th, 2017 leaving time to warn a special town meeting (potentially to coincide with the November election) or add it as an article to the Town Meeting warrant in March.
A number of audits have been preformed and towns are moving forward with the project to convert to Modern Wood Heating. For more information on WWH or how to get your town involved, contact Marion Major at (802)257-4547 x109.
WRC Welcomes Summer GIS Employee
If you see someone wearing a safety vest stretching rubber tubes across a road, attaching a small box to a post, standing next to a road sign with a tablet in hand, or measuring a bridge, say "hello!" There's a good chance it's Tim Peterson, WRC's GIS summer employee.
Tim will be setting out pedestrian counters and traffic counters, conducting road sign and bridge inventories, and doing many other tasks this summer. He is a Geography student at Keene State College and hails from Brookfield, Connecticut, where he previously spent two summers with Connecticut's State Parks Division. Tim was active in Boy Scouts, achieving the rank of Eagle, and spent time exploring the wilds of New England. Working for WRC is a good match for his love of exploration; within his first ten days of employment, he had already visited over 20 of the region's 27 towns.
WRC Welcomes Marion Major to its Staff
Marion Major started in June as a planner at the WRC
and will have the lead on energy and
ral resources. Marion grew up in Westminster West and graduated
from the Natural Resources School at UVM in 2014 where she focused on climate change resiliency and worked with a variety of organizations throughout the state. She has also been a sheep cheese maker and farmer on the Vermont Shepherd Farm, worked with the Vermont Land Trust, and worked with a solar energy development company. She is happy to be working with the towns, people, and environment of the region she is so familiar with and attached to!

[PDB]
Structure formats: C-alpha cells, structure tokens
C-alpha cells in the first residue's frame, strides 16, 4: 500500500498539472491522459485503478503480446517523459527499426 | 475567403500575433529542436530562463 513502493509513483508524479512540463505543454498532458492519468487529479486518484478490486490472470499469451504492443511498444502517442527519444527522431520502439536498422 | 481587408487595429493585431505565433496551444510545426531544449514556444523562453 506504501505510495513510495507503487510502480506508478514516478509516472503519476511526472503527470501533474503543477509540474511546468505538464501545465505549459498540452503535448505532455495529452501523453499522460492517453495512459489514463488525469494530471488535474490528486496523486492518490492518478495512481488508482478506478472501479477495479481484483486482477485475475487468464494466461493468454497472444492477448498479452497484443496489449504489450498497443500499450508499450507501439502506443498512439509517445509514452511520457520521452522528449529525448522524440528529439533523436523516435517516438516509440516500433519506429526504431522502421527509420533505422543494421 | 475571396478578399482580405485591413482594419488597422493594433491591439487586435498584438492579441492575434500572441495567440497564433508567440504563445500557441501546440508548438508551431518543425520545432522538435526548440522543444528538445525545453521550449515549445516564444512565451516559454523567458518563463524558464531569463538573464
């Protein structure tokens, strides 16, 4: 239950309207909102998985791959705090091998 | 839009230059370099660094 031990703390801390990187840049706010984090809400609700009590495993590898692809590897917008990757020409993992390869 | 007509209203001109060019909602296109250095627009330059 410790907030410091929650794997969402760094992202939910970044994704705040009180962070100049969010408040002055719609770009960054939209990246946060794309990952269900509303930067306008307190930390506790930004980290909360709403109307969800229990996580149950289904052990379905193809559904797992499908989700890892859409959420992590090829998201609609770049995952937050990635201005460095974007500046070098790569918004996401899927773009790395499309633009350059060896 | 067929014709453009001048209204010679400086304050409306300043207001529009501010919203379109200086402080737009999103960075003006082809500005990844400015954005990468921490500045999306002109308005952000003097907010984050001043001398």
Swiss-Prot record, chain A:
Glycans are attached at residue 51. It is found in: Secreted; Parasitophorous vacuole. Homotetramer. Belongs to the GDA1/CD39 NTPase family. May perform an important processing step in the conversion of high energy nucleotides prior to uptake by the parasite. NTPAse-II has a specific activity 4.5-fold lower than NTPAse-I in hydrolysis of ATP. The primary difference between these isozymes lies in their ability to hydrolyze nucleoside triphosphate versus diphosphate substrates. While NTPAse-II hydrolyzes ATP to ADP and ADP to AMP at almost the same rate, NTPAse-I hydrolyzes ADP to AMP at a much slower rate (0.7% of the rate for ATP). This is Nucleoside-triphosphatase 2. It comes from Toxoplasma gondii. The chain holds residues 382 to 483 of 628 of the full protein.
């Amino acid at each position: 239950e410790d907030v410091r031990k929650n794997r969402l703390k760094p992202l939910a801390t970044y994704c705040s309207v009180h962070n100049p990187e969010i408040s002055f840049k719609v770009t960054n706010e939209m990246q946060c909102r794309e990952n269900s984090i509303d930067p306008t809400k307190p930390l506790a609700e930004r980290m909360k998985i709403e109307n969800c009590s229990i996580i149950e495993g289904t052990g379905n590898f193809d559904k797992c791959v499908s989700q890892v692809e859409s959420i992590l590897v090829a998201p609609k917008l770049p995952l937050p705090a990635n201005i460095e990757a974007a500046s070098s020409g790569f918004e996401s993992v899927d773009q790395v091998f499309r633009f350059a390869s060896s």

WRC to Receive $750,000 in Funding for Brownfields
This spring and summer has been busy for WRC's Brownfields program. In May we learned that Windham Regional Commission will receive $400,000 in funding from EPA to continue its successful Brownfields Assessment program. EPA announced in July that WRC will also receive $350,000 in supplemental funding for Brownfields clean up to recapitalize the Windham Region Brownfields Reuse Initiative (WRBRI) Revolving Loan Fund (RLF).
All together this funding has brought a total of $4.4 million dollars in federal Brownfields funds to the region for assessment and cleanup of Brownfields sites.
To date the WRBRI has assisted with 47 sites throughout the Region, 91% of which have been redeveloped or are in the planning or implementation phase of redevelopment. WRBRI-RLF has provided $387,100 in loans and $414,000 in grants to seven brownfield clean up and redevelopment projects in the Region.
Recent highlights of our program include assessment through remediation for 55 units of affordable housing, a new bus facility, and parking for a local farmer's market. In 2015, Algiers Village Housing in Guilford received a national award in recognition of outstanding achievement in the redevelopment of a brownfield site in New England. In 2011, Commonwealth Dairy received the same award for redevelopment of their site in Brattleboro. All of these successes were possible due to the initial investment of Brownfields funds.